PROVIDENCE, R.I. (WPRI) — Rhode Island has been hit hard by the omicron surge, but cases are starting to decline.

Rhode Island Hospital President Saul Weingart said they have seen an 800% increase in patients compared to early November, which has challenged their ability to staff beds.

“We were fortunate to be selected by the federal government,” Weingart added.

Earlier this month, President Joe Biden announced that teams of military doctors, nurses and other medical professionals would be deployed to Rhode Island and five other states in need.

A group of 23 medical workers arrived at Rhode Island Hospital late last week and began working on Saturday.

“This 30-day mission is incredibly important to us because we are just past the peak in the surge and our numbers are beginning to decline, so this is exactly the right time our staff needed the help,” Weingart explained.

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Lt. Col. Edgardo Ramirez said their personnel consists of emergency care physicians, intensive care providers, critical care nurses and emergency room nurses.

“We are in this together and we will do everything that we can to assist the local community and assist the team here at Rhode Island to do the best that we can,” Ramirez said.

Weingart said the newcomers are working side by side with hospital staff in the intensive care unit, medical/ surgery unit and emergency department. Most of the staff are on the respiratory intensive care unit where many COVID patients are, along with other patients with respiratory illnesses.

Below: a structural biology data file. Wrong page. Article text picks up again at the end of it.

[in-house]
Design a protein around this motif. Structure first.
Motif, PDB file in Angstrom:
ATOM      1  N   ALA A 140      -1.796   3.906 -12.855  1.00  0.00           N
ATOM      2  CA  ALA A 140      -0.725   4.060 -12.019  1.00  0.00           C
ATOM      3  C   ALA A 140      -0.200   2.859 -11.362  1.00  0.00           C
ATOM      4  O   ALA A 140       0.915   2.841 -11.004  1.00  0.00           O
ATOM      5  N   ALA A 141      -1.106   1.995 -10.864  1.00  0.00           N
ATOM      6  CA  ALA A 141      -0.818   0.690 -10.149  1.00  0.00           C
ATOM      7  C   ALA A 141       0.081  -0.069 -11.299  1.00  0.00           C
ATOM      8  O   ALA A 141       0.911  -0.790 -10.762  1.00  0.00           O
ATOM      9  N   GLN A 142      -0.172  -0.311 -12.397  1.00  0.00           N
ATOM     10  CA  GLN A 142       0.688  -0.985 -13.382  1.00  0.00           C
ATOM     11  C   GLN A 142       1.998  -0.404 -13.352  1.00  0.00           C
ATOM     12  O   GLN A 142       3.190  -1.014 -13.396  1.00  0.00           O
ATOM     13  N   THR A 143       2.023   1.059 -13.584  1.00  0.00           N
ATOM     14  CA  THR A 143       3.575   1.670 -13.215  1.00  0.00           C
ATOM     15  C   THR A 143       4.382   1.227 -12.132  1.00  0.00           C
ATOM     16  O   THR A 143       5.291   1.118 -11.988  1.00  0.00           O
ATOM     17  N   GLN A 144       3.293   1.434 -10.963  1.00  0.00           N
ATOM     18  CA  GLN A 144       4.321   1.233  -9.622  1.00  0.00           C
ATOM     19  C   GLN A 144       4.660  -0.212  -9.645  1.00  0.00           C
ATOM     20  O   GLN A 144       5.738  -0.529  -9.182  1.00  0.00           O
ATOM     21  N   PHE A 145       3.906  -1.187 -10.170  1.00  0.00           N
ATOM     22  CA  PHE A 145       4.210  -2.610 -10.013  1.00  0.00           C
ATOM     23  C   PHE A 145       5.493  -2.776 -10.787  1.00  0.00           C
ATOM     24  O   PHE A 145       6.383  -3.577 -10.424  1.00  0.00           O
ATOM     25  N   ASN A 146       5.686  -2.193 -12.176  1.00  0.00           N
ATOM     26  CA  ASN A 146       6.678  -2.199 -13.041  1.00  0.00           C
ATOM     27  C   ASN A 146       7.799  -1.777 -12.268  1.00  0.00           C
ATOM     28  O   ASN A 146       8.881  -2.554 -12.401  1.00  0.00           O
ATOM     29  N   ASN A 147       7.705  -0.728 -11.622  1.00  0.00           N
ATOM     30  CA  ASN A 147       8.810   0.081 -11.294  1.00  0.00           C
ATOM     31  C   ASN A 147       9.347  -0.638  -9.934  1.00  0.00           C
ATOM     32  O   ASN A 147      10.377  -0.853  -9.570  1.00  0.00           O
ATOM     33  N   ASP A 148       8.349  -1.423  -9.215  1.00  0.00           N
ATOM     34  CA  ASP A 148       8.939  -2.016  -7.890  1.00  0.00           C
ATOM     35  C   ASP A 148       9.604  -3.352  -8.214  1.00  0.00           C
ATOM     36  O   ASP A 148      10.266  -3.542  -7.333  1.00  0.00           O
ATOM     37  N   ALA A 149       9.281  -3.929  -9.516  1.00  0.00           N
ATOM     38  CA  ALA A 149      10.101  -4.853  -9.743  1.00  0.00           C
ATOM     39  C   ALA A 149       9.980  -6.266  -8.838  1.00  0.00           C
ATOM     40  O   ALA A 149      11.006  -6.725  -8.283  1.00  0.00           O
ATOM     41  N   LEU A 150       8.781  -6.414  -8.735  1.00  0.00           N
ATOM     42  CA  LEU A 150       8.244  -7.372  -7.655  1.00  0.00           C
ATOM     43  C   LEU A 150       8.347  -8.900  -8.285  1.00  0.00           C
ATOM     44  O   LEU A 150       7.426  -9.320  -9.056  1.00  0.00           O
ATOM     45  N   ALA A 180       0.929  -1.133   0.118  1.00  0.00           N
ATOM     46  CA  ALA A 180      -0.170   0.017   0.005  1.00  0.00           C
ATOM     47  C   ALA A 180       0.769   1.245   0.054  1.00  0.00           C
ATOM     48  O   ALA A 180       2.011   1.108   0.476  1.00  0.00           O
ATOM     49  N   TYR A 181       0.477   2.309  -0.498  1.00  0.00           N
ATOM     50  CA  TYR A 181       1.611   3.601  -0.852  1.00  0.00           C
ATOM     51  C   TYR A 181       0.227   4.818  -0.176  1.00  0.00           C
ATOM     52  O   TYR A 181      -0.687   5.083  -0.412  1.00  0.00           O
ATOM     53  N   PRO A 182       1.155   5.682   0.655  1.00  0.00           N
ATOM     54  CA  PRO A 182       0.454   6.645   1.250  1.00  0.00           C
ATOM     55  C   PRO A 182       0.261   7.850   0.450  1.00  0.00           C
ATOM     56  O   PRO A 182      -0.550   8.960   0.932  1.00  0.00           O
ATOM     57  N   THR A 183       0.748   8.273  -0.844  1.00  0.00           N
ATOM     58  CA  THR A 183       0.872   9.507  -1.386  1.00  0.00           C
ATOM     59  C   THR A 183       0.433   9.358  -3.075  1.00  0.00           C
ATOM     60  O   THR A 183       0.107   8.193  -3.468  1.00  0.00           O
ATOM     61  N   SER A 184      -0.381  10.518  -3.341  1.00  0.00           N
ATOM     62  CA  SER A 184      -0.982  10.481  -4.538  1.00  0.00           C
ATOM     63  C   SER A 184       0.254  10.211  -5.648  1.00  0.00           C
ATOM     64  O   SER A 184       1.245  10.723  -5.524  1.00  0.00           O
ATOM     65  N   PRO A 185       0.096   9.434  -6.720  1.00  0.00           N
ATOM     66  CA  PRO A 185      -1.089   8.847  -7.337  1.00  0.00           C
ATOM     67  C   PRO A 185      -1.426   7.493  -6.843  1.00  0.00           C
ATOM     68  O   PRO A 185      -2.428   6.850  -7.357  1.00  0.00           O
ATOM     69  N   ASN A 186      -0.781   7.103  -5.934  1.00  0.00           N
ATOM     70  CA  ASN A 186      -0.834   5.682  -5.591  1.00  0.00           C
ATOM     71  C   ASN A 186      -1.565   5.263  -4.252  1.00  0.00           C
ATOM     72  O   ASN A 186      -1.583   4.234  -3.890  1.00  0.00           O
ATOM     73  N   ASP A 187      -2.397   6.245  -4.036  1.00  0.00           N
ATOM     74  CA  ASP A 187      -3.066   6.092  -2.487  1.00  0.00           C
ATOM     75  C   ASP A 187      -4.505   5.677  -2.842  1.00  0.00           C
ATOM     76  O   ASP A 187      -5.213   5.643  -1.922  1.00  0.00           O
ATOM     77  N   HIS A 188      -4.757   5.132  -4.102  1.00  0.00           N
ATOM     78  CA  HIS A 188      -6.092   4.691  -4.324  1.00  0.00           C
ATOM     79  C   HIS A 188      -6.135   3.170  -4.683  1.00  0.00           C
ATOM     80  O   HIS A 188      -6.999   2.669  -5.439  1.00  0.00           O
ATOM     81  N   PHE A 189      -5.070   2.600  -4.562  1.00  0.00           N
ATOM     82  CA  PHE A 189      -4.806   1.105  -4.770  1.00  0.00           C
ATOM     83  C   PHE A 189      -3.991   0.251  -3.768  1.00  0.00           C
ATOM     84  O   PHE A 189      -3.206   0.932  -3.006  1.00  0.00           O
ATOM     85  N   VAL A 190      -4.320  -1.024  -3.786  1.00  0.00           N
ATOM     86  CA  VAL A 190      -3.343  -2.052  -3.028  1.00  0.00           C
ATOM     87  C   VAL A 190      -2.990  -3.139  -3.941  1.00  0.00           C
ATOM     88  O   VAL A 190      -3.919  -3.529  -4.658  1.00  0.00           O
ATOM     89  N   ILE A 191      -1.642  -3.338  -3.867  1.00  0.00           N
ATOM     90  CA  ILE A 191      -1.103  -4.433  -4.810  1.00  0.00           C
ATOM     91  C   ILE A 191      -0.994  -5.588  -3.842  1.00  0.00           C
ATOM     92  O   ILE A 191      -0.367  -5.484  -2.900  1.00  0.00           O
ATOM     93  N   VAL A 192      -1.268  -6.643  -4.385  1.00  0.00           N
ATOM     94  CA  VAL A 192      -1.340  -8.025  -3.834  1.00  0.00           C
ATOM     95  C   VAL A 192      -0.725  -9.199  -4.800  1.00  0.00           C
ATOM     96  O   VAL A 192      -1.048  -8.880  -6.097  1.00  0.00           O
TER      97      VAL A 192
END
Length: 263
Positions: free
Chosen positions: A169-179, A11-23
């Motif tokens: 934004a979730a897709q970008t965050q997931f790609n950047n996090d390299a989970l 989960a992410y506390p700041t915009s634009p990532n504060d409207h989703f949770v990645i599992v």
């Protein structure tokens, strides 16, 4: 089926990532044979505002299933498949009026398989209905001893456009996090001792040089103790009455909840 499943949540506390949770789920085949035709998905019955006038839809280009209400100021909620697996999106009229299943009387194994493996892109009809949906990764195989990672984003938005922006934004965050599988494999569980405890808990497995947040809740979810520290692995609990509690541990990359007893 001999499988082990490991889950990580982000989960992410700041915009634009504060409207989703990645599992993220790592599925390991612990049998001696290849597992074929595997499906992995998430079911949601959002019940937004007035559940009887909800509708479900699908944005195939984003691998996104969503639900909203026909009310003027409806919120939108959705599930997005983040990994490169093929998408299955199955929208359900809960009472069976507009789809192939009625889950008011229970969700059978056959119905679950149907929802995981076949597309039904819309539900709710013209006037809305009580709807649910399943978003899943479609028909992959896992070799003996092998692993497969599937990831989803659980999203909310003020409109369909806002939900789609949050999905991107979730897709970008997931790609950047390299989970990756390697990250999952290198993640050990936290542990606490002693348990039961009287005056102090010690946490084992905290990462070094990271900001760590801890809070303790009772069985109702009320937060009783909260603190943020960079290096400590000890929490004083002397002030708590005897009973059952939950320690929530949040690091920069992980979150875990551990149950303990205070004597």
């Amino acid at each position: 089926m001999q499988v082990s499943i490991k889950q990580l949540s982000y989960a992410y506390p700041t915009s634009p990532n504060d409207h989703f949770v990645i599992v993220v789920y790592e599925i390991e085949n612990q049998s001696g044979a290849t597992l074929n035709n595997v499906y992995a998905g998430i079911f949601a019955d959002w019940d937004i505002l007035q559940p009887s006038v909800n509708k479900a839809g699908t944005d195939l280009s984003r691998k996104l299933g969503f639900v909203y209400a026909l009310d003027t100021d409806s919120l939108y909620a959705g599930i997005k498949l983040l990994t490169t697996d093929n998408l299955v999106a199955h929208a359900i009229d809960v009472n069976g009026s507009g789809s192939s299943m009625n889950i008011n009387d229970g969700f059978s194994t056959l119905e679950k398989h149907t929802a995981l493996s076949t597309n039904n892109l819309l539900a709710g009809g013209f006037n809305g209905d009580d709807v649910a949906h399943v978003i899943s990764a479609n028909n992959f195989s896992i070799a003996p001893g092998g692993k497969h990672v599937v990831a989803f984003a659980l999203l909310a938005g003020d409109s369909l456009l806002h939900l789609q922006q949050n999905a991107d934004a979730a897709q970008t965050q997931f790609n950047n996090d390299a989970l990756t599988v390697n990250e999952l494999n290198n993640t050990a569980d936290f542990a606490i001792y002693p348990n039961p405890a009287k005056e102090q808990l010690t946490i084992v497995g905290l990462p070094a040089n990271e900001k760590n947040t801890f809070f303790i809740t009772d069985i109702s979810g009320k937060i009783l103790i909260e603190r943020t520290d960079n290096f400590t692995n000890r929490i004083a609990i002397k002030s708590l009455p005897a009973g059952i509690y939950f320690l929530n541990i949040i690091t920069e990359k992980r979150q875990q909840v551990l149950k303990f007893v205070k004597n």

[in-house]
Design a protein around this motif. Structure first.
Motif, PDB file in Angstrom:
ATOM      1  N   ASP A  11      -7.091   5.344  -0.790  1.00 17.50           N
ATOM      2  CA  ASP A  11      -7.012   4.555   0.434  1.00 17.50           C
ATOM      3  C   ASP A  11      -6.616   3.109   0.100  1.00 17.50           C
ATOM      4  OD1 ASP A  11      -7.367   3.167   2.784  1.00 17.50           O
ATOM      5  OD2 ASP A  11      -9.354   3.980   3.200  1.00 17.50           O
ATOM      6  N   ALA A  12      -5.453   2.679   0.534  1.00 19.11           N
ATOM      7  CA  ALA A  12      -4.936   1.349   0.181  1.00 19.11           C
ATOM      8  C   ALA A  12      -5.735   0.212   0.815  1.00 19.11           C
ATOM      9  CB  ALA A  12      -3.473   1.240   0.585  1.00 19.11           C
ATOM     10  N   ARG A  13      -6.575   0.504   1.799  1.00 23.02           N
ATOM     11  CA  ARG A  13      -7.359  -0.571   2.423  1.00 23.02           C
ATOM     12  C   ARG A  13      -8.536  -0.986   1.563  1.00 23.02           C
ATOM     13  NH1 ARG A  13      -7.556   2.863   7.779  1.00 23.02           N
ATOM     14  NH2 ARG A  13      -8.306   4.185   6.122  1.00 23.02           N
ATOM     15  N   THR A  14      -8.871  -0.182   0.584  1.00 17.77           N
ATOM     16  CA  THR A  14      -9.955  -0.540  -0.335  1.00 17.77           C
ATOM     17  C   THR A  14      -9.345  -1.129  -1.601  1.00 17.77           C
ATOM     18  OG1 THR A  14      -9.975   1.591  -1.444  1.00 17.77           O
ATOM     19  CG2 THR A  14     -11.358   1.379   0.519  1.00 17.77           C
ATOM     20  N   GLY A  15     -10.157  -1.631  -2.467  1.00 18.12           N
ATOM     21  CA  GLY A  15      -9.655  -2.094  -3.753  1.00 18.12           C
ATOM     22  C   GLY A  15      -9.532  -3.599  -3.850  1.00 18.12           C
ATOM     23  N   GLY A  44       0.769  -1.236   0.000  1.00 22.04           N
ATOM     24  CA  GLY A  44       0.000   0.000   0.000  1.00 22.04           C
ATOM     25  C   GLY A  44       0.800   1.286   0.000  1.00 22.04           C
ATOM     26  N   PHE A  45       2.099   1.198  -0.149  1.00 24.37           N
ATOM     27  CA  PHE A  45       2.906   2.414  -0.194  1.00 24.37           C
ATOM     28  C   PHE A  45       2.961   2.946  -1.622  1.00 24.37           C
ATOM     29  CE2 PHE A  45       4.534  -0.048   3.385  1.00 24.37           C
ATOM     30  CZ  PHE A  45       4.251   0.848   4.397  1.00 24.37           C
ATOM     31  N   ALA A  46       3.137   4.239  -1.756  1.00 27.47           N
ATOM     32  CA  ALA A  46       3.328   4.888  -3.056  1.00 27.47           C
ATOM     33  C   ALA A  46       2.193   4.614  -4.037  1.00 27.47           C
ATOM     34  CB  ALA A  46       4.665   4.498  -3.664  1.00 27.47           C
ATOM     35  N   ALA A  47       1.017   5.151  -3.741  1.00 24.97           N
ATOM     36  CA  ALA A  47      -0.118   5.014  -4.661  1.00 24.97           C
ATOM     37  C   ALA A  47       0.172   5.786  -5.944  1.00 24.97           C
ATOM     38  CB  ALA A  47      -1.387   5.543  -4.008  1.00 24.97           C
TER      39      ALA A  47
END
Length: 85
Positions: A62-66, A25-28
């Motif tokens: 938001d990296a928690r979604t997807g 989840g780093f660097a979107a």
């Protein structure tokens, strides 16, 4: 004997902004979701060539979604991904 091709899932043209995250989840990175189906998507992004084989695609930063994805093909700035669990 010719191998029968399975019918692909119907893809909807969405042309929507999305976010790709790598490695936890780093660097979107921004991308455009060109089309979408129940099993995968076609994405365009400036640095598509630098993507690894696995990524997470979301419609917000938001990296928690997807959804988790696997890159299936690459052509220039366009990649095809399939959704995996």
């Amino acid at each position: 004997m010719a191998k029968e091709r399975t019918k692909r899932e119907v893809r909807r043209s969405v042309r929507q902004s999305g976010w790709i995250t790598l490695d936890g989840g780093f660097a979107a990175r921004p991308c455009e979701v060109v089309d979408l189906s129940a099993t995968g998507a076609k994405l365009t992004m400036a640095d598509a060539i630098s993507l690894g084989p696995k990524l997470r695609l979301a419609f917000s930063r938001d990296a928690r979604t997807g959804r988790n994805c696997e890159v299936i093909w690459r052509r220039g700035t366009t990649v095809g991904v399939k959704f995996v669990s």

The military medical workers are also helping non-COVID patients as well, according to Army Captain Nicholas Law. He said they have just been thankful to be there and are motivated to work with the hospital staff.

“We have a ‘one team, one fight mentality’ and we are going to tackle the pandemic with the team together,” Ramirez said.

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Due to the help, R.I. Hospital has been able to expand its ICU capacity by several beds. The hospital was also down to about seven operating rooms, but over the past week, it’s been able to get up to 11 rooms out of a total of around 30.

Senior Vice President for Medical Affairs and Chief Medical Officer Dean Roye said that in order to get back to comfortable staffing they need to work on their pipeline. They have had chronic staffing issues before surge, and it’s a national problem.

“We’ve run somewhere between 25-35% staff shortages,” Roye said. “Things are improving slightly, and we’re hoping that they continue to do that, but it’s going to take a pipeline to get to the bottom.”

R.I. Chief COVID Administrator Marc Pappas told a government oversight committee this week that the state is already working on a possible extension that would keep them here even longer than 30 days if needed.

Fourteen medical workers also went to Kent Hospital in Warwick.